Google acquires Pointy, a startup to help brick-and-mortar retailers list products online, for $163M

Ingrid Lunden

Google has been on a long-term mission to build inroads into the world of e-commerce by working more closely with brick-and-mortar retailers, and now it looks like it plans to extend that work a little further. The search giant is acquiring Pointy, a startup out of Dublin, Ireland, which has built hardware and software technology to help physical retailers -- specifically those that might not already have an extensive e-commerce storefront detailing in-store inventory -- get their products discoverable online without any extra work.

The companies are not disclosing the financial terms of the deal, but a source tells us it is €147 million ($163 million).

We're told that Google will be making a formal announcement in about an hour, but Pointy has already posted the news on its own site while we were digging around for details after getting pinged by a source. The deal is expected to close in the coming weeks, pending "customary closing conditions." (Update: Google's post confirming the acquisition is now here.)

Pointy is continuing to operate post-acquisition. "We look forward to building even better services in the future, with the backing of Google’s resources and reach," the company writes. It's not clear yet who will stay on with that plan.

A source notes that this was a "good outcome" because Pointy has a "one of a kind" product that didn't really have any comparables in the market. Pointy had also managed to pick up quite a lot of traction as a small startup, working with around 10% of all physical retailers in the U.S. in certain categories (pets and toys were two of those, I was told).

Pointy is six years old and had raised just under $20 million from a variety of investors, including Frontline Ventures, Polaris, LocalGlobe and individuals like Lars Rasmussen (the former Google Maps supremo who went on to build search and enterprise products at Facebook).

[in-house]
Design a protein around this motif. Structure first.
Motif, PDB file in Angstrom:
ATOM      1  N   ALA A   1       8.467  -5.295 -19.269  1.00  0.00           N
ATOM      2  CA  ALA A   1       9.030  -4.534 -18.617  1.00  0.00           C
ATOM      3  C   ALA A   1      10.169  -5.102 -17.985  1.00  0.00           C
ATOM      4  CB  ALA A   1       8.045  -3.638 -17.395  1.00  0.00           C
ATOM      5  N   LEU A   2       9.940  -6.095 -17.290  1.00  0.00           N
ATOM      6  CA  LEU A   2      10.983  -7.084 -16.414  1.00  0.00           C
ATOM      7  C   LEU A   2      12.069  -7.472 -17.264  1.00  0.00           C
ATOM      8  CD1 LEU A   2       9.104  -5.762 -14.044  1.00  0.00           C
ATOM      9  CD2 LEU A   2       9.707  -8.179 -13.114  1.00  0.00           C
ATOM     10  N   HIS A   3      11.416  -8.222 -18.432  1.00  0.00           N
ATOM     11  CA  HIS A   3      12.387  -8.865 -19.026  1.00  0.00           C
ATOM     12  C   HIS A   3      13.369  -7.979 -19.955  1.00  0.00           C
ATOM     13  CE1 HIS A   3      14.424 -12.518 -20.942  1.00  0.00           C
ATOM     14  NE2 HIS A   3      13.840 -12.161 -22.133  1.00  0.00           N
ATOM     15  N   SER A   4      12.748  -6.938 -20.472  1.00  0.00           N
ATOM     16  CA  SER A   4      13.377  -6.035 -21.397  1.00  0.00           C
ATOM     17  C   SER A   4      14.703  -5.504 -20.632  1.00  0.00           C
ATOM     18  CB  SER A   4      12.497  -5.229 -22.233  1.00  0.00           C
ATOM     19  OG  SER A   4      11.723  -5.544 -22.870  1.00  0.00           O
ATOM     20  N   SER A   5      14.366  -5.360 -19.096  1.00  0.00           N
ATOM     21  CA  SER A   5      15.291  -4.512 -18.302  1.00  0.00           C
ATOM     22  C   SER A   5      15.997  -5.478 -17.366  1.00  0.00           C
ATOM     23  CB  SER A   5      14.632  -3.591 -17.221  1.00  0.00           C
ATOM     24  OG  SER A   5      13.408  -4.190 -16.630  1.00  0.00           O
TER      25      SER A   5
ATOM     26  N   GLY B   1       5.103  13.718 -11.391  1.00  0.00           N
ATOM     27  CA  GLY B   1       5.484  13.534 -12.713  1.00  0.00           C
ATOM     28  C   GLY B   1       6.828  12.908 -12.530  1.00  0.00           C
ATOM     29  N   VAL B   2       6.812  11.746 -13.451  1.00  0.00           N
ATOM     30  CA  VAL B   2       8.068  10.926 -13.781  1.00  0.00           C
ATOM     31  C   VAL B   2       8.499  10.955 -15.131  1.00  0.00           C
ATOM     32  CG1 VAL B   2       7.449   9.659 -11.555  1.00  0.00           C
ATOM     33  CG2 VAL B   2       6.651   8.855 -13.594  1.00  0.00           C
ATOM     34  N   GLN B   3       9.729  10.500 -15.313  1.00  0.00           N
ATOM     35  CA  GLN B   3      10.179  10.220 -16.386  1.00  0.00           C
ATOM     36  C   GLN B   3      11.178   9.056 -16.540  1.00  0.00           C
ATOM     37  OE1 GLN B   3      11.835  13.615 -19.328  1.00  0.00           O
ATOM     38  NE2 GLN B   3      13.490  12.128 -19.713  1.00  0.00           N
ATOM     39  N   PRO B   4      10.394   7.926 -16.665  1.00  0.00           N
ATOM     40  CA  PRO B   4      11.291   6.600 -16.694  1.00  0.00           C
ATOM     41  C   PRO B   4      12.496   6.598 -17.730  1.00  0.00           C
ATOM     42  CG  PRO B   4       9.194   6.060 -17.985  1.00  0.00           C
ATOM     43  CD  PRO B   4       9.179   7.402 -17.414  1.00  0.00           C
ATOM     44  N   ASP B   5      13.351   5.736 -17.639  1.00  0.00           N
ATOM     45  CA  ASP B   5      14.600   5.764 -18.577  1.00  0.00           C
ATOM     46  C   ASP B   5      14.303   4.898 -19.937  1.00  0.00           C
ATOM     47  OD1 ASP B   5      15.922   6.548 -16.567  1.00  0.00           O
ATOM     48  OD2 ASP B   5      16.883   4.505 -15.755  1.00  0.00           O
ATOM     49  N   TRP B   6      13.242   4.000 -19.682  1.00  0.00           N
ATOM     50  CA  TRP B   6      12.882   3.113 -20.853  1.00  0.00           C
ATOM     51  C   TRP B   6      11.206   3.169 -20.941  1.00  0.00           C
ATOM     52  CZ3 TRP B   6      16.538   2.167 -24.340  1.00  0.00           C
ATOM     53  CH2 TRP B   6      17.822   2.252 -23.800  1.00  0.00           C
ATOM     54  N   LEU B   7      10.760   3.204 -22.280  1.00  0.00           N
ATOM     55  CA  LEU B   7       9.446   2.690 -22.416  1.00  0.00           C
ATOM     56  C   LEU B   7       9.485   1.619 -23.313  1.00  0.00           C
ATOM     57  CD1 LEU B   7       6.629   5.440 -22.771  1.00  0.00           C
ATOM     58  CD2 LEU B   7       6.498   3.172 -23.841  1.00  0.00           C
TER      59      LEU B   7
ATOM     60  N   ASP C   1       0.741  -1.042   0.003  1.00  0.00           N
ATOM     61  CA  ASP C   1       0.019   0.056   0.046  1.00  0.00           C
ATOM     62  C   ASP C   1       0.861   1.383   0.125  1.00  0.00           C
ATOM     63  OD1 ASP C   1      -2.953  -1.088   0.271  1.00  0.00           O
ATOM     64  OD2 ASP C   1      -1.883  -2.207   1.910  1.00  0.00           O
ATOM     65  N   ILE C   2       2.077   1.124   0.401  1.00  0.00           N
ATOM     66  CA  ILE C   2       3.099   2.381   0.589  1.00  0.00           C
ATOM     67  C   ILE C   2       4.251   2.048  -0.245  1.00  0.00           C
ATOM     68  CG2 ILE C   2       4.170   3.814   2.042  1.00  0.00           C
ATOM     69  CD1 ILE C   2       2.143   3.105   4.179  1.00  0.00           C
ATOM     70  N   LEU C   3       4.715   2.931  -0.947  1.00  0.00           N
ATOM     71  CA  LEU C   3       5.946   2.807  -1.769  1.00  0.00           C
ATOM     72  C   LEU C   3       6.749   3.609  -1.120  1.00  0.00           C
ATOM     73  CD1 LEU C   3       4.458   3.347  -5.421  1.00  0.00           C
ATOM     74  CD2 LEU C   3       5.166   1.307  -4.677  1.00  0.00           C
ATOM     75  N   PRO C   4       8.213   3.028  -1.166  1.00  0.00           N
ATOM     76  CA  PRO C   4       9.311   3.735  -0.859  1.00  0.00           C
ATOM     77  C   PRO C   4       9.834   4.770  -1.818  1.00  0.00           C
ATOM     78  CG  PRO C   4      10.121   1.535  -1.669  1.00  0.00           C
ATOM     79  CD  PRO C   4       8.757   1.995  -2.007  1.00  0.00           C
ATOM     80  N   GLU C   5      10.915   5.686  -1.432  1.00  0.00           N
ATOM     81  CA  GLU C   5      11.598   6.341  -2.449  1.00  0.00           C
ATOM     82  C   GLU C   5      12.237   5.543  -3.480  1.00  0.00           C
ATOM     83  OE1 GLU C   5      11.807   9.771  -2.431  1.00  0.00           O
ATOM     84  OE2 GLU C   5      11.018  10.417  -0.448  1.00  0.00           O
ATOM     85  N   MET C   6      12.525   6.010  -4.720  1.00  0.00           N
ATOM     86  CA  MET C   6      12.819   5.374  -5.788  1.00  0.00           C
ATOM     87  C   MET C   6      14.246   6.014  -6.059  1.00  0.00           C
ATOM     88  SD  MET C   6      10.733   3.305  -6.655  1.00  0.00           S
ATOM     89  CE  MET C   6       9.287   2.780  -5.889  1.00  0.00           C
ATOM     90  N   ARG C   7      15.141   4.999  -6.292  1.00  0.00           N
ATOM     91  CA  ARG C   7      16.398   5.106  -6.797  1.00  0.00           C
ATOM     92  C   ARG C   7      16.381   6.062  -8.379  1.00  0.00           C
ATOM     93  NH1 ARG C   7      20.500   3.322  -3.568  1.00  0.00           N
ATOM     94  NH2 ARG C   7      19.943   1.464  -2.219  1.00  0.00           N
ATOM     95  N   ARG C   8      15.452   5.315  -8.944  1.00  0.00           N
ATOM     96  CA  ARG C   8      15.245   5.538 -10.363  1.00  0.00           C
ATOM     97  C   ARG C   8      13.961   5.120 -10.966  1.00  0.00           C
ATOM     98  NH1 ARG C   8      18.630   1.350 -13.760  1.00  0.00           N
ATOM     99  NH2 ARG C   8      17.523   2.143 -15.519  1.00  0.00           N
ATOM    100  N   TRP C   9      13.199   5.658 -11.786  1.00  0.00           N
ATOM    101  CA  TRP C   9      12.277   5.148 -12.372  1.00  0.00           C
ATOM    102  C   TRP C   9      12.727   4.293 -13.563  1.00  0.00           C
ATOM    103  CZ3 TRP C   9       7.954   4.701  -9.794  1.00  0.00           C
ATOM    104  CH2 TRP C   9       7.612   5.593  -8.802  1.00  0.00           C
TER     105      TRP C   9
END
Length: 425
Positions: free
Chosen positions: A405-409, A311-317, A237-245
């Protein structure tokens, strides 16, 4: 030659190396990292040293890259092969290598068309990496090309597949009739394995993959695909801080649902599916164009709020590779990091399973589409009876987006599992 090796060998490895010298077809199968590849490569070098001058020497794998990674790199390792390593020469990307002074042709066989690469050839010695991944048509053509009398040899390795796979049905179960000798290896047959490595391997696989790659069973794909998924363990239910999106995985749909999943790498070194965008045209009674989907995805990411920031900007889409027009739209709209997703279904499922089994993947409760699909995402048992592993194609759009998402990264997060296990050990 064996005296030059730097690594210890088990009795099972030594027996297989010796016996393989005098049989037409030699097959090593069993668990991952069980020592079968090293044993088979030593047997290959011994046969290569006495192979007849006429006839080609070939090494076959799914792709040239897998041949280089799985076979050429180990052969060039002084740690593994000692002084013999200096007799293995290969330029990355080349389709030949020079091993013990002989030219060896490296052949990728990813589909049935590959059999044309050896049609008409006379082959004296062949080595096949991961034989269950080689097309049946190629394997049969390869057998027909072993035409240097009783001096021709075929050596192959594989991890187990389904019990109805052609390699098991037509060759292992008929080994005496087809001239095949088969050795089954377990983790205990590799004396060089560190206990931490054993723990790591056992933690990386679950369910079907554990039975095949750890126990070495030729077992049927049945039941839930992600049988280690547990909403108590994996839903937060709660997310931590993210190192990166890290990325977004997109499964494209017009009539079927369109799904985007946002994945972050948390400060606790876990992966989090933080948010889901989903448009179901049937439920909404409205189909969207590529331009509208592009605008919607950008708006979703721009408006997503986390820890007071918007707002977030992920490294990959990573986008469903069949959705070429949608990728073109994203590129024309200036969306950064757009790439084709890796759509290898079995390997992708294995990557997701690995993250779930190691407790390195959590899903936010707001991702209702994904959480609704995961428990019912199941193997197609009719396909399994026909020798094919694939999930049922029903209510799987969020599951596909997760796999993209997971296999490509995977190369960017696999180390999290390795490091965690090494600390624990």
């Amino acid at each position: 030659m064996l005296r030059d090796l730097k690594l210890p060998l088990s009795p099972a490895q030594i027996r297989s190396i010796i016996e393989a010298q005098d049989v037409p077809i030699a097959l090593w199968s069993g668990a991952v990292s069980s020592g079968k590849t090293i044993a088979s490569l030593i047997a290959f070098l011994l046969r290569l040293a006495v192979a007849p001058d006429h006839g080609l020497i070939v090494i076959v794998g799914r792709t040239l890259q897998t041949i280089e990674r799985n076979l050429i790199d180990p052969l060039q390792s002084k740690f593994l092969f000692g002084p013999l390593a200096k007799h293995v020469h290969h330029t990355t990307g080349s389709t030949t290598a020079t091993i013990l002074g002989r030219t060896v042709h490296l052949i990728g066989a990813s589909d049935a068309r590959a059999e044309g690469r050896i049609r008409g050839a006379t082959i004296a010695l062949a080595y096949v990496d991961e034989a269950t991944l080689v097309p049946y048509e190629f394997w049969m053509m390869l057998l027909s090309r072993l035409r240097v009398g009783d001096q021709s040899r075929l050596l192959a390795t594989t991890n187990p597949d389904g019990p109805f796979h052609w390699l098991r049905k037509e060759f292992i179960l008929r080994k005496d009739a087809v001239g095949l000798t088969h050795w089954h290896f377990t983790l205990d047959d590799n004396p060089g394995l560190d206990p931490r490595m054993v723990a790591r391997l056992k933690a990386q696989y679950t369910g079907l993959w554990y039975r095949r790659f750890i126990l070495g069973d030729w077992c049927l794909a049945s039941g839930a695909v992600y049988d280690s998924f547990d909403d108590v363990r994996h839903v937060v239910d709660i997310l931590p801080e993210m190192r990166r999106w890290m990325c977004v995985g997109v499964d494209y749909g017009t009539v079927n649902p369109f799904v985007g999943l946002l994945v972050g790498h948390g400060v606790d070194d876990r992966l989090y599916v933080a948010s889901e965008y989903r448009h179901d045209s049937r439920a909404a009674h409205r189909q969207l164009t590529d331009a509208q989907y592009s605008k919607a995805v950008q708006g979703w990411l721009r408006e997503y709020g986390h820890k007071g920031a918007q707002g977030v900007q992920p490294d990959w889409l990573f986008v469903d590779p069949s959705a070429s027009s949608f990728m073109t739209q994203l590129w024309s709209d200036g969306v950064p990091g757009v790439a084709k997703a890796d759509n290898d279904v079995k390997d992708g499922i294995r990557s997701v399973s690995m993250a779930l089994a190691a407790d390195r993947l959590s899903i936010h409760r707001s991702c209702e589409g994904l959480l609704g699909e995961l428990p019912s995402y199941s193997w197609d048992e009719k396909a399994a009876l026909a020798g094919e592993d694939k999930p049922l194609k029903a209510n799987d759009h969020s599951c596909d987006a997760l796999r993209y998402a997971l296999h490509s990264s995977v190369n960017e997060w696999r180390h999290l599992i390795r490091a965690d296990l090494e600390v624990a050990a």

Pointy was co-founded by Mark Cummins (CEO) and Charles Bibby (CTO). Notably, this is Cummins' second exit to Google. His first company, the visual search startup Plink, was Google's first-ever acquisition out of the U.K.

For Google, Pointy is a known quantity for more than the fact that it has transacted with a Cummins startup before: Pointy and Google have been working together since 2018, when the former was part of a bigger push that the search giant was making into building tools for brick-and-mortar merchants.

At that time, Pointy's primary product was a piece of hardware that plugged a company's point of sale/barcode scanning units, so that every time a retailer scanned its products at the point of sale, it would upload the products online (including quantities of those items), and then keep stock numbers up to date with every subsequent purchase that was made and scanned in. Pointy doesn't track incoming inventory per se: it uses algorithms over time to figure out stock amounts to a very close degree of accuracy based just on purchasing patterns.

Then, a user who might be searching for that product online might come across those details through Google's search results ("See What's In Store," which come up in Google's Knowledge Panels and on Google Maps), or via advertisements. The aim: These listings could potentially result in shoppers buying those products from the retailer in question, ideally getting them to come into the store, where they would buy even more.

The hardware retails for around $700, but Pointy also has a free app that integrates with specific POS devices from Clover, Square, Lightspeed, Vend, Liberty, WooPOS, BestRx and CashRx POS, removing the need for the hardware.

Google's initial partnership with Pointy in 2018 was part of a push to build out Google's search portal with more e-commerce tools, and it was coming not a moment too soon: Amazon was both ramping up its own efforts with physical retail, and becoming a bigger threat to Google as a first port-of-call for online shoppers.

Two years on, those themes have only grown bigger with Amazon's rise, perhaps one reason why Google was keen to bring Pointy in-house. Now, it can more deeply integrate the tech, and build upon it.

Pointy had also started to work a little closer with retailers, giving them insights into what was selling well, and what they might want to stock more of in the future, but it had never delved into the actual transaction aspect of products that it was listing online: that was left to the retailer and a shopper visiting a store to buy in person.  All of that leaves a wide door open to how Pointy -- and Google's own retail commerce efforts -- might develop in the future.

Updated with more detail on price, Pointy's technology and Google's confirmation.